Julia learning material for high school students

Hello,

With schools closed, my daughters are interested in (or at least willing to try :wink: learning a programming language. I had initially thought of Racket after seeing Matthias Felleisen’s video but I believe Julia is probably a better choice for them.
My objectives are:

  1. to give them a taste of programming as a superpower (for school assignments but not just that)
  2. give them a better grasp of functions (which was a central point in Felleisen’s argument)

Now I am aware of the treasure trove of material at https://julialang.org/learning/ but most seems to be geared towards college students. Can anyone recommend tutorials, books, videos, etc. (English or French) that would be more suitable for high school students? They are 15 and 17.

Also, does any one here have experience teaching their kids Julia? Any tips you can share?
Many thanks!
-Benoit

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Think Julia? That might be at the right level.

Maybe this book? I haven’t read it before but it seems to be for beginners.

Is this their first programming language (ie their first encounter with programming)?

Generally, introductory materials for most languages have no prerequisites, so general notes on the language for college students may be just fine for a motivated high school student.

The difficult part may be finding materials that engage younger students. Most users of Julia are motivated to learn it for some application (usually scientific programming). While Racket has course materials developed with younger people in mind (simple graphics and games), I am not aware of anything similar for Julia.

You may just want to look at their school assignments and help them solve them in Julia, gradually introducing the relevant concepts.

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Thank you @PetrKryslUCSD @tk3369 for the suggestions! I will look.

You are right that engagement (and motivation) are key. I will look for packages/projects that may align with their interests, and that they could use for school assignments. Yes, it’s their first programming language.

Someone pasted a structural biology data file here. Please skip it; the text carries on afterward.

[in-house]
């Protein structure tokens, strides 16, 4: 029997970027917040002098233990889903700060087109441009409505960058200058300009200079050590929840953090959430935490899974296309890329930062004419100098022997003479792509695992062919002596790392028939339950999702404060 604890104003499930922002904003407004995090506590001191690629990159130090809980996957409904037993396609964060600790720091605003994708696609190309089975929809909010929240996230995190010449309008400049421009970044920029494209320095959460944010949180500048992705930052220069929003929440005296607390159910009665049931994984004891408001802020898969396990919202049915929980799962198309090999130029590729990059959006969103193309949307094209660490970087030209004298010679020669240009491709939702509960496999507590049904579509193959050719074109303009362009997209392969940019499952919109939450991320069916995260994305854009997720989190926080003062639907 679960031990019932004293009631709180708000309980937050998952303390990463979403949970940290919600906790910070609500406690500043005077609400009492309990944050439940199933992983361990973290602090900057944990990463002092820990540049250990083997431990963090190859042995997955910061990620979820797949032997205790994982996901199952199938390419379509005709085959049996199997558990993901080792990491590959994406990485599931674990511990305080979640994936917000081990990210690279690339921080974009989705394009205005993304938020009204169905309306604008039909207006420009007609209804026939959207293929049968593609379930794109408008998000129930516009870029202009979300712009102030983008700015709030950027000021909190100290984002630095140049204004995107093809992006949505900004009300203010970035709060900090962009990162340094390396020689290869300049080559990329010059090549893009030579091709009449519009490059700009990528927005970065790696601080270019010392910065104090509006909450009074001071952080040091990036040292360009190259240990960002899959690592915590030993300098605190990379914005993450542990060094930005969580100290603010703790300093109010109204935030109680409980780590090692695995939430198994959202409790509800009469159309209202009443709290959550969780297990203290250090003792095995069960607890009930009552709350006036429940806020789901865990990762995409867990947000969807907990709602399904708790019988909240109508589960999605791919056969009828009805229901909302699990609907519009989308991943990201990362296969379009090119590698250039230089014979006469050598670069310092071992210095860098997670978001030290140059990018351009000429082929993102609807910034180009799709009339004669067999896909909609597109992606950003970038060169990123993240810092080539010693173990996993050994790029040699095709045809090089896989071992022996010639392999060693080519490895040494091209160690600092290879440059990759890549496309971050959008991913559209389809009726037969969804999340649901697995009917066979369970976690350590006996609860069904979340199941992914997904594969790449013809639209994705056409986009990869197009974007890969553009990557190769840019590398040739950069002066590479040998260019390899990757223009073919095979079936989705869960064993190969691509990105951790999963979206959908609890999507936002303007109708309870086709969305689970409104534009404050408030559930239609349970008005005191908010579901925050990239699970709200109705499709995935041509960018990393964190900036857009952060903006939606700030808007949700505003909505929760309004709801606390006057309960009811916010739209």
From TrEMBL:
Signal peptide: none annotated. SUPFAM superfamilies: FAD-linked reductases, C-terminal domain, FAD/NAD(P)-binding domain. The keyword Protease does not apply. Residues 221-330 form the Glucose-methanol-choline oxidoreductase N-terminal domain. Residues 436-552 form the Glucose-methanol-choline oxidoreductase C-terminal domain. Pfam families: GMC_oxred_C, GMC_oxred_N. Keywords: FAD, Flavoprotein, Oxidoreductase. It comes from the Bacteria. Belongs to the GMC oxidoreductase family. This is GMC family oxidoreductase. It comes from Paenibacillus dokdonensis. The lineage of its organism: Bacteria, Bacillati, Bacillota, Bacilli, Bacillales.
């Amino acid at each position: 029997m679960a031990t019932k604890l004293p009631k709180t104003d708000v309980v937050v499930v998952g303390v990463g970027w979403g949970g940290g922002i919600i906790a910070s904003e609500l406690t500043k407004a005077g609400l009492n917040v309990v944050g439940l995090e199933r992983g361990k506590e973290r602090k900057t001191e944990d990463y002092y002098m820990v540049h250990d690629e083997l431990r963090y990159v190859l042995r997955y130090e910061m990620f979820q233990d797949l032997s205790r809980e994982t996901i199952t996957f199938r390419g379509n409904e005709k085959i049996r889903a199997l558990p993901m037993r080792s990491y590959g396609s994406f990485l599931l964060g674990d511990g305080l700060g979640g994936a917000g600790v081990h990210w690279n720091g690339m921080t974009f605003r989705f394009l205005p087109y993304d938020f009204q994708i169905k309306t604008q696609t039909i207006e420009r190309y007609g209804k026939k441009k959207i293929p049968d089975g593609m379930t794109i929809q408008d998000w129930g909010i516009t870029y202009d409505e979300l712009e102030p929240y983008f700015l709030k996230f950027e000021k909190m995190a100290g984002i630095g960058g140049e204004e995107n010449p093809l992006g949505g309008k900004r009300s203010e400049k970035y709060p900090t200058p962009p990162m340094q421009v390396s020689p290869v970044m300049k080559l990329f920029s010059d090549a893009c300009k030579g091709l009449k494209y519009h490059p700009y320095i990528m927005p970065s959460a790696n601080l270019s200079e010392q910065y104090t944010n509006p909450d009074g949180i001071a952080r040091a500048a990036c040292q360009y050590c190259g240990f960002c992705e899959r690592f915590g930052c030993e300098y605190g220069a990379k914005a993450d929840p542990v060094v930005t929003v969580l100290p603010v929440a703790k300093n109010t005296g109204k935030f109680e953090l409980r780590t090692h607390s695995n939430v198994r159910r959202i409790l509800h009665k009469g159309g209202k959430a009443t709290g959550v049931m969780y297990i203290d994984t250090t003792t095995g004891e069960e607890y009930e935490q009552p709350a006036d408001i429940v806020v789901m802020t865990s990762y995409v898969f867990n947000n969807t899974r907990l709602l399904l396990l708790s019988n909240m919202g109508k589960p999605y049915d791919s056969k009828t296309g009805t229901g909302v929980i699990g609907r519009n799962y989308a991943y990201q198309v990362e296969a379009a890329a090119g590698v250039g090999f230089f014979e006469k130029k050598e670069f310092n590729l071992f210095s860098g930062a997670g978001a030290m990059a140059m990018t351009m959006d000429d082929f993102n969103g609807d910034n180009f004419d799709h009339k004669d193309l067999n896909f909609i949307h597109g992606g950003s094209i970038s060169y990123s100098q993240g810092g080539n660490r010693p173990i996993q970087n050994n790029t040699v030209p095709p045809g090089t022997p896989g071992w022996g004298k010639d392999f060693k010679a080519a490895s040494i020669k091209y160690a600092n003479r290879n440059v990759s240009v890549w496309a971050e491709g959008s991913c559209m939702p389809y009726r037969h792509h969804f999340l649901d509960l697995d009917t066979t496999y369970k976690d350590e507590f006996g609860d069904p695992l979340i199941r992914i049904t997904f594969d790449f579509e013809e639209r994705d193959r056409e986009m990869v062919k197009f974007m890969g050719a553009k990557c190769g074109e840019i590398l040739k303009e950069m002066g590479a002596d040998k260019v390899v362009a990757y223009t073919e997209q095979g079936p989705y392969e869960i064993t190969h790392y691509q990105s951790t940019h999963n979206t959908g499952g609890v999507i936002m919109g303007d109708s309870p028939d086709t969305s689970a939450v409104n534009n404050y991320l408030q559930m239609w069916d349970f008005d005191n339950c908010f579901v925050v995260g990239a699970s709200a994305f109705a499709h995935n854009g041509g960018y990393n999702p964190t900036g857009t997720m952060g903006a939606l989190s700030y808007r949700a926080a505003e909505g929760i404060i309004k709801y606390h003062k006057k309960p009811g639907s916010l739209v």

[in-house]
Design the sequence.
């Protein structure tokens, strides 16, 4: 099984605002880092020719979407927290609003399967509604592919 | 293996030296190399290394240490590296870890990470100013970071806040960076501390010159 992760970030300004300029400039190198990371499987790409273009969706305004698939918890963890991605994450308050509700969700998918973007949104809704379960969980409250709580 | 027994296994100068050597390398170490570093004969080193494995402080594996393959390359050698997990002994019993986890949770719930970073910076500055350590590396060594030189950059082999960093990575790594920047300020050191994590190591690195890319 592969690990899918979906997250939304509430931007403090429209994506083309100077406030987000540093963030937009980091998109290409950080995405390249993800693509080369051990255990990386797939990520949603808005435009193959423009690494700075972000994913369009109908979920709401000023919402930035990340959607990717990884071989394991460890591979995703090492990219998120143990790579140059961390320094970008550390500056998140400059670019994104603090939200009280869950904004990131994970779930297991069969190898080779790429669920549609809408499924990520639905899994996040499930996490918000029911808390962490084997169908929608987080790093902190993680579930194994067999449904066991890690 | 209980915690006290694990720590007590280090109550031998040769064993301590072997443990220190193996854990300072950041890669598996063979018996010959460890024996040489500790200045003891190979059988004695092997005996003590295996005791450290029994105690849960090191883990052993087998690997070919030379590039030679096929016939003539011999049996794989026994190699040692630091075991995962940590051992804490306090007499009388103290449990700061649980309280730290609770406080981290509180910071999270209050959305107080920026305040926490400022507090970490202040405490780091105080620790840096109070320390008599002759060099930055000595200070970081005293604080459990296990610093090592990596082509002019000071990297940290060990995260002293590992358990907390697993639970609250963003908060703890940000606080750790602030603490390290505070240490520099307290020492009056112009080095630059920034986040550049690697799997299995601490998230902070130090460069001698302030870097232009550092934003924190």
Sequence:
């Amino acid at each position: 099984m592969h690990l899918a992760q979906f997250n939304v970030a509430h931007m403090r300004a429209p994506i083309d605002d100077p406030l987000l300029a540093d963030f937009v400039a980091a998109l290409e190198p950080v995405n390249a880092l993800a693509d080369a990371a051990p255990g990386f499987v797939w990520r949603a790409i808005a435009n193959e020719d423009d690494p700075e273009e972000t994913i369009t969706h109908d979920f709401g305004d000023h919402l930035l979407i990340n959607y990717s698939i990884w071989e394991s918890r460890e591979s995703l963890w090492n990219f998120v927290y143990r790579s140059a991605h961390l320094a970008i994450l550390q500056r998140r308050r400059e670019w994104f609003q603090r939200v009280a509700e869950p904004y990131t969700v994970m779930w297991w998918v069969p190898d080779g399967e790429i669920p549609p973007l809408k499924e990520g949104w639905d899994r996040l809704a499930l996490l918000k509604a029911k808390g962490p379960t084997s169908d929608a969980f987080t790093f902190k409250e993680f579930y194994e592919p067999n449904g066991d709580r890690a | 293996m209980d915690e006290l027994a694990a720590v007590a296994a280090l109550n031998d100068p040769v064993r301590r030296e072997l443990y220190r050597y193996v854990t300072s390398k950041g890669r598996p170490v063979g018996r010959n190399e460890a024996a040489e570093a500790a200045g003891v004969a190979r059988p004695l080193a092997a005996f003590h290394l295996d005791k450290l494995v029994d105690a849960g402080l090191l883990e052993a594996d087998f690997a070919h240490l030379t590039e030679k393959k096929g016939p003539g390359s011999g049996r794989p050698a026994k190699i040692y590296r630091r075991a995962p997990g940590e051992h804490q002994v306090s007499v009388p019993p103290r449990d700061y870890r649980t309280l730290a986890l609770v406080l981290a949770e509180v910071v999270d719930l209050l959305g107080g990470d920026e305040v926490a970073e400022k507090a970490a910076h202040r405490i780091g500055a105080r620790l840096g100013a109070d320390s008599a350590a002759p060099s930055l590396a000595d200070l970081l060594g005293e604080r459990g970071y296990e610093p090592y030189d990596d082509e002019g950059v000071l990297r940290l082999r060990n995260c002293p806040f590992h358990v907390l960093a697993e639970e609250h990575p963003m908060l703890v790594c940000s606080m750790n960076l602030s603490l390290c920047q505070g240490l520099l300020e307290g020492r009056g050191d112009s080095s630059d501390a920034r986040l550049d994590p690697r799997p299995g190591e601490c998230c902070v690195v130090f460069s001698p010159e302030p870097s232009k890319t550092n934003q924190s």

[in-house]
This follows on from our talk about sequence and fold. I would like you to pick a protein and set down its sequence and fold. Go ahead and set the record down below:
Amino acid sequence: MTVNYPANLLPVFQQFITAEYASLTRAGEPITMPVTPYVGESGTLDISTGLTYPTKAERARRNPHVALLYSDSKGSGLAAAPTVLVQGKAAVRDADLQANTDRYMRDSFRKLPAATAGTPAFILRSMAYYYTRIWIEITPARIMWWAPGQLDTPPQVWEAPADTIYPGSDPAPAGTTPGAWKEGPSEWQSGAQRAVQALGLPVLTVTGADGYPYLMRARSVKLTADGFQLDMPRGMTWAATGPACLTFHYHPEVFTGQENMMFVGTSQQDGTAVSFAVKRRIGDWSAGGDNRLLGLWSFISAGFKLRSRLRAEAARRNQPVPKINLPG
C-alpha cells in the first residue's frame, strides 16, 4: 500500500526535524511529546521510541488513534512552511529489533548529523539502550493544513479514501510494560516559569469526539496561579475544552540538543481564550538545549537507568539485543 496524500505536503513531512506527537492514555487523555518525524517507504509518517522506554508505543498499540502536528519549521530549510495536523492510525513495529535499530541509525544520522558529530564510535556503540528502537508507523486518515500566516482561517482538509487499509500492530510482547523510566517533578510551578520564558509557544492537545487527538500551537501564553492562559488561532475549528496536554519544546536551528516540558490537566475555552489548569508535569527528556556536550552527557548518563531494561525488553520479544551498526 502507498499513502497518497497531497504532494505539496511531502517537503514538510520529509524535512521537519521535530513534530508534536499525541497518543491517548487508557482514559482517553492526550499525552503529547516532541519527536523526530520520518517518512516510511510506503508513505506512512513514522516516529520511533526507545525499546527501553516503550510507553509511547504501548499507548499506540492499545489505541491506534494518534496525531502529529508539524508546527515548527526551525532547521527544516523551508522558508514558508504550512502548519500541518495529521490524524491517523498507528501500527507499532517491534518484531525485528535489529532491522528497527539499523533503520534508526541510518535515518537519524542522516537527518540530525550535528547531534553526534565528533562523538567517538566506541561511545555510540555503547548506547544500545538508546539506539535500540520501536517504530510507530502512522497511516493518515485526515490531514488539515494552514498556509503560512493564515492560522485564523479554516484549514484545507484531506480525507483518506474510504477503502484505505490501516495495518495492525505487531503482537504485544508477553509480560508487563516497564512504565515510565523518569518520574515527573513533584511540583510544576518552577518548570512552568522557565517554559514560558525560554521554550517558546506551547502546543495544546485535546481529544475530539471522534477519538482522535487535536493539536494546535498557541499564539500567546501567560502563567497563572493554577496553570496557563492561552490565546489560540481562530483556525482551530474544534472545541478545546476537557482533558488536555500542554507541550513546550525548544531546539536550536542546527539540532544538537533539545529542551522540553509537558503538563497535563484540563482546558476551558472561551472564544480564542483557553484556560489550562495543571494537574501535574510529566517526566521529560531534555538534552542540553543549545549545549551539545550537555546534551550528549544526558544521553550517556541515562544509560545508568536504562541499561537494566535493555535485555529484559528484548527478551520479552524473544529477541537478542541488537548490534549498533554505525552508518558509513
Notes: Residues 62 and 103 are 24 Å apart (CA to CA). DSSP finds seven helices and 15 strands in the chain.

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While I love julia, it may not be the best first language for kids to learn. Even though it wasn’t my first language, the one that really got me into programming was processing. It’s an incredible language that has variants in java, javascript, and python (only the java one existed when I learned, and it was great! As clunky as java seems to me now, I still love processing!). Check out some of what people do with it if you’re interested.

It may be heresy to say this on the julia discourse board, but that’s my two cents. I never used processing for a school assignment (outside of art class) but it taught me the principles of code (which are easily translatable).

– edit to add:
If you’re interested, I can point you to endless excellent resources!

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Thanks! Not heresy at all. It’s just that the most obvious application/motivation of programming for them is their math/science assignments, for which Julia is an obviously great choice. If they get more interested in programming per se, then Processing might interest them a lot, I agree.

True, true. Julia can’t be beat in that respect.

For me at least, fun has always been a greater motivator than work :laughing:. I went digging after posting you that link earlier and came across a pretty nifty 5 line sketch!

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Nice little composition in Processing there! I think using simple graphics to introduce programming is definitely an approach worth investigating. We had something similar going in the recent Google Code-In.